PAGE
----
<i>Mishpatim</i>: Listen Up!

Hearing is central to this story.

Rabbi Dr. Aryeh Hirsch,

Aryeh Hirsch
Aryeh Hirsch
"And Moses took the Book of the Covenant and read it in the ears of the people. And the people said: 'All that the Lord said we will do and we will listen.'" (Shmot 24:7) Although seeing does play a part in the assembly at Sinai (each Jew saw "The Whole Picture"), the stress is on hearing, both here and in parshat Yitro (Shmot 18:1; 19:19; 20:16).

The words of the Nazir, Rabbi David HaKohen, student of Rabbi Avraham Yitzchak HaKohen Kook, are
The rabbis (chazal) connect Maamad Har Sinai to the creation of the world in many ways.
illuminating. They are found in 9 1/2 Mystics, a book written by Rabbi Herbert Weiner:

"Babylonian Talmudic proofs often are introduced with the words, 'Come hear' (Ta shma). Logic based on the sense of hearing, rather than seeing, is what characterizes Jewish teaching. The word 'theory' derives from the Greek word 'theatria,' connoting what can be seen, visualized, beheld. But the Hebrew way of apprehending truth is based on the acoustical sense, hence: 'Hear, O' Israel, God is our God, God is One' (the famous Shma Yisrael, recited three times daily and on a Jew's deathbed). The very name Semite, in Hebrew, is Shemi, which is from the same linguistic root as shma, hearing. The non-Jewish, Western way of perceiving truth is what can be conceptualized, seen - either in the mind or in a bodily sense. To the Jew, identification of truth with what can be seen is the beginning of idolatry."

Rabbi Avigdor Neventzal relates the hearing of Yitro (Shmot 18:1) to common human logic (Sichot LiShmot, pages 176-178). Yitro, the classic "seeker " of spiritual truth, examined all the world's religions by the test of cold human logic and found all wanting, except the faith of Abraham, Isaac and Jacob. Even the miracles of the Exodus did not fly totally in the face of normal logic (and so we see "scientific explanations" of the Ten Plagues). But it is the sense of hearing that takes precedence in the convocation (maamad) at Sinai, from the thunder (and lightning) and the "voice of the Shofar" (Shmot 18:15), up to the voice of the Almighty Himself. Hearing is central to this story.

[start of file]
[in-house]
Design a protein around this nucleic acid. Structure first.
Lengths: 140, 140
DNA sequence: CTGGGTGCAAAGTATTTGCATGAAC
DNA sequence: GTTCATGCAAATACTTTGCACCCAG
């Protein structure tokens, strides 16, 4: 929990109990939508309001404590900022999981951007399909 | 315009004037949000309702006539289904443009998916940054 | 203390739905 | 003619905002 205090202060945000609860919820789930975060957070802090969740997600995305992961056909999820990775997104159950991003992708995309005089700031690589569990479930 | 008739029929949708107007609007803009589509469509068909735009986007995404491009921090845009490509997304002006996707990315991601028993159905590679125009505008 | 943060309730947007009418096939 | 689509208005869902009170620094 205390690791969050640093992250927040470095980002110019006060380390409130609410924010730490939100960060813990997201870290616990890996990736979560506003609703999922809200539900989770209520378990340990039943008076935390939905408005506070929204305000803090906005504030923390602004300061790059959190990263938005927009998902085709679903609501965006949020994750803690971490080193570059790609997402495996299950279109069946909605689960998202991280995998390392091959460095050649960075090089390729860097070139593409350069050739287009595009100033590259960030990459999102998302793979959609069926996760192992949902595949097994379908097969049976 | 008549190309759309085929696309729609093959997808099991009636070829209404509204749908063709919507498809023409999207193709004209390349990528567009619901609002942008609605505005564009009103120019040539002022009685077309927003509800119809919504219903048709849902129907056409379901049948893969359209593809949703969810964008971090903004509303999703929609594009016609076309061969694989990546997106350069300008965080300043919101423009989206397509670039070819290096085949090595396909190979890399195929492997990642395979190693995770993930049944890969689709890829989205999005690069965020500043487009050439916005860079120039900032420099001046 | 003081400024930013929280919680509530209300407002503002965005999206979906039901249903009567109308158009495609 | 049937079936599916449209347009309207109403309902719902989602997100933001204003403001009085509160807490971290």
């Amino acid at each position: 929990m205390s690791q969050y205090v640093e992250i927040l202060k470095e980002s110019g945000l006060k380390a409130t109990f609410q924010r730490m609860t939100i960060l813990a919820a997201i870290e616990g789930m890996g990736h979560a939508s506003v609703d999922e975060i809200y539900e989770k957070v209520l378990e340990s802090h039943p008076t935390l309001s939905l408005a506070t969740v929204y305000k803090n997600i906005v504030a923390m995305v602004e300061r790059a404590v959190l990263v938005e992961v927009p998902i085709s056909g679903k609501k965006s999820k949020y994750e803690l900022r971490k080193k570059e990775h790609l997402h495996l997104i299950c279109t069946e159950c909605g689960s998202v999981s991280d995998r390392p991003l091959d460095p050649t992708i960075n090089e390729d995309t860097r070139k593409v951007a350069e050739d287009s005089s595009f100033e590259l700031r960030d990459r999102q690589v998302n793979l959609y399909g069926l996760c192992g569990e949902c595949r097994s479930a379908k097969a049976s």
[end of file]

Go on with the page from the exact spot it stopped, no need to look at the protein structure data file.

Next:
The rabbis (chazal) connect Maamad Har Sinai to the creation of the world in many ways. Chief among them is that at Sinai we received Ten Commandments and, correspondingly, Jewish tradition has it that the world was created by ten Divine utterances. Speech was thus the source of all life and existence; and the Sfat Emet (quoted in Rabbi Yosef Stern's Days of Awe, page 126) explains an idea of the Baal Shem Tov: the original Creation (Briya) was not only done via Divine Utterances, but the world continues to exist via these utterances. For example, the life-giving power (koach) of "Let there be a firmament (rakia)" (Breishit 1:6) is what sustains the heavens to this very day. The rakia still hears that very same Divine utterance and is thereby connected to the Source of all existence, and so continues to exist.

The Sefat Emet explains that we blow the shofar on Rosh Hashanah, which is the birthday of the Universe, to recall the sounds that called the universe into being. The shofar blasts are to remind us of God's words, the words of Torah (which is the blueprint of Creation), with which He created the universe and with which He continues to sustain Creation.

This idea of the Baal Shem Tov has been beautifully validated by modern physiology. In This is Your Brain on Music, author Daniel Levitin explains a fundamental difference between hearing and seeing. When one sees the color red, the brain interprets the pattern of light reflected by the object as red; but no part of the brain actually "turns red." Thus, if electrodes are hooked up to the brain, the electrode would not turn red. In fact, color is purely subjective: a room with red-colored walls is only red if someone is looking at the room. Unobserved, the room is truly not red.

This idea of the Baal Shem Tov has been beautifully validated by modern physiology.

This is the opposite of hearing. The auditory cortex of the brain has the mapping of a range of frequencies. Thus, if a person hears a tone of, for example, 440 Hz, there exist neurons in the auditory cortex that fire at 440 Hz. If an electrode were connected to that brain, then the electrode would vibrate at exactly 440 Hz.

In short, we are wired for sound, our brains exactly mimicking the sound that we hear. And if those sounds are the words of God Almighty, we vibrate along in consonance with those Utterances. If the physicists are right and all matter is made of subatomic vibrating "strings," then the vibrations are being set in motion, and stay in motion (existence), by these words of God: "In the beginning, God created.... Let there be light.... I am the Lord your God, who brought you out of Egypt," etc.

All Creation hears these Utterances, came into being and continues to exist. Man alone has an option: to either hearken to those sounds or to use his free will to "tune them out." But note that his brain is wired to accurately record and vibrate with those sounds; Man was hot-wired to listen to those Utterances. Man's natural, holy state is to adhere to: "Do not kill.... Do not commit sexual sin.... Do not steal.... Do not lie.... Keep the Sabbath.... Honor your Father and Mother.... Do not covet what belongs to your fellow human...."

Man can "do and listen," for, indeed, he was designed and built for this.